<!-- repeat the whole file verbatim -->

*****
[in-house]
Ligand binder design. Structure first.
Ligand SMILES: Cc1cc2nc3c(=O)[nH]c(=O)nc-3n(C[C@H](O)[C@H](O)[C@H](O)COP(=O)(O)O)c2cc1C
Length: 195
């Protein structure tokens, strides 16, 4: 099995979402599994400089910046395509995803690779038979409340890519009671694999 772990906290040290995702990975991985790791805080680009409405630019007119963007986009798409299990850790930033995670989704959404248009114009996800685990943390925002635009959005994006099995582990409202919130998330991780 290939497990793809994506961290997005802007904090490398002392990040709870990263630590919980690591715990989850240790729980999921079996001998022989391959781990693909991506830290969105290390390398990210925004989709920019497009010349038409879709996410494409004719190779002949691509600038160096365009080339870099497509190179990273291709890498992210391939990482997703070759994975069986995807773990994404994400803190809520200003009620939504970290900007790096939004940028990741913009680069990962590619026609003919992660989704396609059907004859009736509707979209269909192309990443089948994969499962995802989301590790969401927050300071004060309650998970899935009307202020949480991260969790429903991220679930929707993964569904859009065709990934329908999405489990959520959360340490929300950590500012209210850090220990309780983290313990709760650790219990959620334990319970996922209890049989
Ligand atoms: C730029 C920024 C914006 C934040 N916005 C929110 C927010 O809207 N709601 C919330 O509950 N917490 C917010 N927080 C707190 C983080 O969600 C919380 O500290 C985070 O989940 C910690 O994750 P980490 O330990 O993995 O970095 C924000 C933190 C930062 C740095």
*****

[in-house]
Ligand binder design. Structure first.
Ligand SMILES: Cc1cc2nc3c(=O)[nH]c(=O)nc-3n(C[C@H](O)[C@H](O)[C@H](O)COP(=O)(O)O)c2cc1C
Length: 195
């Protein structure tokens, strides 16, 4: 099995979402599994400089910046395509995803690779038979409340890519009671694999 772990906290040290995702990975991985790791805080680009409405630019007119963007986009798409299990850790930033995670989704959404248009114009996800685990943390925002635009959005994006099995582990409202919130998330991780 290939497990793809994506961290997005802007904090490398002392990040709870990263630590919980690591715990989850240790729980999921079996001998022989391959781990693909991506830290969105290390390398990210925004989709920019497009010349038409879709996410494409004719190779002949691509600038160096365009080339870099497509190179990273291709890498992210391939990482997703070759994975069986995807773990994404994400803190809520200003009620939504970290900007790096939004940028990741913009680069990962590619026609003919992660989704396609059907004859009736509707979209269909192309990443089948994969499962995802989301590790969401927050300071004060309650998970899935009307202020949480991260969790429903991220679930929707993964569904859009065709990934329908999405489990959520959360340490929300950590500012209210850090220990309780983290313990709760650790219990959620334990319970996922209890049989
Ligand atoms: C730029 C920024 C914006 C934040 N916005 C929110 C927010 O809207 N709601 C919330 O509950 N917490 C917010 N927080 C707190 C983080 O969600 C919380 O500290 C985070 O989940 C910690 O994750 P980490 O330990 O993995 O970095 C924000 C933190 C930062 C740095």